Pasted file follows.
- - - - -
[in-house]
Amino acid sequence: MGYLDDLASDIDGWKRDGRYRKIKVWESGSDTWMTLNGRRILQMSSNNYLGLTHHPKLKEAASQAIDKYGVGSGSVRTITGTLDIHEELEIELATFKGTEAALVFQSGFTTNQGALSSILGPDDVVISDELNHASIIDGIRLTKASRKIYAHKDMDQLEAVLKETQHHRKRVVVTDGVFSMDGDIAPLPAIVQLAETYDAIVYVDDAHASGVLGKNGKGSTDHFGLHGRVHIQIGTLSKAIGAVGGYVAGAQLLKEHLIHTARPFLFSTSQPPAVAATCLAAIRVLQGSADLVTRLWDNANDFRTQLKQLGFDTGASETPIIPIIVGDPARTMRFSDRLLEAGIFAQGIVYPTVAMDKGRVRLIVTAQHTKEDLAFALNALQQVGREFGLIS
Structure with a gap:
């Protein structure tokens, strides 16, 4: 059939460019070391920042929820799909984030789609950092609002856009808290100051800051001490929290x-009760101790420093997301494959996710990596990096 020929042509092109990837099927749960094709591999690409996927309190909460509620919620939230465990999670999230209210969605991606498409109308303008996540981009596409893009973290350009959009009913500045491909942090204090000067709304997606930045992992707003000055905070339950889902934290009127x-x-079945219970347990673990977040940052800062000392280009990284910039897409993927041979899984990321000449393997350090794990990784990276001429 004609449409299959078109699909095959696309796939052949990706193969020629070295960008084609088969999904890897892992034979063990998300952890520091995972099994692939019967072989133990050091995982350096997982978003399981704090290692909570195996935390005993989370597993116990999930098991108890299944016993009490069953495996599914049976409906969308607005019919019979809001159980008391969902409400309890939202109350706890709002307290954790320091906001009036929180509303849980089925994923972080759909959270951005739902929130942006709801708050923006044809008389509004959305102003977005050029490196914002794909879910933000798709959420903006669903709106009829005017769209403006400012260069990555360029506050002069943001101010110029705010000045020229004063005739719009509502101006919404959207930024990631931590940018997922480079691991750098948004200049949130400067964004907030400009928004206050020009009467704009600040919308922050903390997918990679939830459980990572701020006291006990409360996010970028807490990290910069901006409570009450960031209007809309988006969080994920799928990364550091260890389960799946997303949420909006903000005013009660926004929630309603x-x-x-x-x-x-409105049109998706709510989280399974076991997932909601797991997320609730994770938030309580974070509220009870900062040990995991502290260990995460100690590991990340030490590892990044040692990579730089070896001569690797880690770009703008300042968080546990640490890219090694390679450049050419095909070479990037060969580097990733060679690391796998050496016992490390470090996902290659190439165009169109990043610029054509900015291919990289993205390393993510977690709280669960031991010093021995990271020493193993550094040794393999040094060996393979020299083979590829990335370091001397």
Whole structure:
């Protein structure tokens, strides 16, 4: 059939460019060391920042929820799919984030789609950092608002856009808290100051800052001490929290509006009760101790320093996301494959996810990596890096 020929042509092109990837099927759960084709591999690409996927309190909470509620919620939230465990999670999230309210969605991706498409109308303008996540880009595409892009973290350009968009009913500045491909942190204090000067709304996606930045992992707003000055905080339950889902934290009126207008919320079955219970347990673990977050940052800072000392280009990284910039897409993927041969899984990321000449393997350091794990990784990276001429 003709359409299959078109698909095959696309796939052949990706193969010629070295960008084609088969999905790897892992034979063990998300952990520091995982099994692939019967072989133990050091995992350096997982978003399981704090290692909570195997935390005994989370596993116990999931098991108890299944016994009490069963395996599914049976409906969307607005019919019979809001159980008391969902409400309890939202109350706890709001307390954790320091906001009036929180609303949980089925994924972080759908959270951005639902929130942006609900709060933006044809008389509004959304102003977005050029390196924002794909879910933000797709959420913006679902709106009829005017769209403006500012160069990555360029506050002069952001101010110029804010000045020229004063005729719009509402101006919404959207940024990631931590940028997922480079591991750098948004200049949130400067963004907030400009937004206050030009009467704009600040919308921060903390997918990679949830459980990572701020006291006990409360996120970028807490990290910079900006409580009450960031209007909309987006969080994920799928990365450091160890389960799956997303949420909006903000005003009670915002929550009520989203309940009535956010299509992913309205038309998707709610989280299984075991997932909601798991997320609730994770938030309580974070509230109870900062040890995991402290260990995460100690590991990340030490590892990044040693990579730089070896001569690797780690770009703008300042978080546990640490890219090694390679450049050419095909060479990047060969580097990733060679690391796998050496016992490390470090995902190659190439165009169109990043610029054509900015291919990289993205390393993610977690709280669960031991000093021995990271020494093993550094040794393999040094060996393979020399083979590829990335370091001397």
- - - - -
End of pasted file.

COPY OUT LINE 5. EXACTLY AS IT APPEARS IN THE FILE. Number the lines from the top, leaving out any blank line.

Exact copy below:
Whole structure: